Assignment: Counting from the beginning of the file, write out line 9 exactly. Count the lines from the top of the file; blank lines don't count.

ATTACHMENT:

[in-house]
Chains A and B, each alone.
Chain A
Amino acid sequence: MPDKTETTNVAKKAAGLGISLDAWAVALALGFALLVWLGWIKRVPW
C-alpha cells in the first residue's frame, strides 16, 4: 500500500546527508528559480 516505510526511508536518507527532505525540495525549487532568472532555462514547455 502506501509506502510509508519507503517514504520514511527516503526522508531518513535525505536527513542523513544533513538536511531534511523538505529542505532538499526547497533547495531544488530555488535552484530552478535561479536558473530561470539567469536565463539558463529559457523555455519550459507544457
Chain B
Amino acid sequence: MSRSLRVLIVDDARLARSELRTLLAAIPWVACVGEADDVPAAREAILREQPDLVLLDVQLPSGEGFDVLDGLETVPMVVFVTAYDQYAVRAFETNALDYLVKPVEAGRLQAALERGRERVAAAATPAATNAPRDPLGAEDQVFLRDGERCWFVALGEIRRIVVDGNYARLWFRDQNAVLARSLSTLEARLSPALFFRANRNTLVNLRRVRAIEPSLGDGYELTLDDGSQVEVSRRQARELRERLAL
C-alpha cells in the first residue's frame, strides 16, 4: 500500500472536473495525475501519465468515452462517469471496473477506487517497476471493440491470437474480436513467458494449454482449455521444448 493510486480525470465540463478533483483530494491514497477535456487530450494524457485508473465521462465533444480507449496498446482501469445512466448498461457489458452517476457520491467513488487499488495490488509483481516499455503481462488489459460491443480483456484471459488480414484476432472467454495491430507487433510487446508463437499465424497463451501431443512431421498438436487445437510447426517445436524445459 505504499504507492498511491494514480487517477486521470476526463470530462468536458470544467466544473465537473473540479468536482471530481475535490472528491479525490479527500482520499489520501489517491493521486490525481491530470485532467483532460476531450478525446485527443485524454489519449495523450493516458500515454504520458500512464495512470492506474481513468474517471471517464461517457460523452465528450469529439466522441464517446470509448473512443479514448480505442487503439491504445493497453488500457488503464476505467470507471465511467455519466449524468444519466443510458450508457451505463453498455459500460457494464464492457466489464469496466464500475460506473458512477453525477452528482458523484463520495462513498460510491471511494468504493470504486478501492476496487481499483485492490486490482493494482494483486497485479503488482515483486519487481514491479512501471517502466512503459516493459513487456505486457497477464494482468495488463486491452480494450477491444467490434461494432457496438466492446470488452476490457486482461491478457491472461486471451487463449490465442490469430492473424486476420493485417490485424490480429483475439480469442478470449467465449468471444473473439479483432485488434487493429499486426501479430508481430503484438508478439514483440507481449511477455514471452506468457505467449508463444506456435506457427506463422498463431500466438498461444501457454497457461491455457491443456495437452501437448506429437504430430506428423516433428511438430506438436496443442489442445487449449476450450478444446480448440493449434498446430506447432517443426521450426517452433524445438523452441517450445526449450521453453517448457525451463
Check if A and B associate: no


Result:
Check if A and B associate: no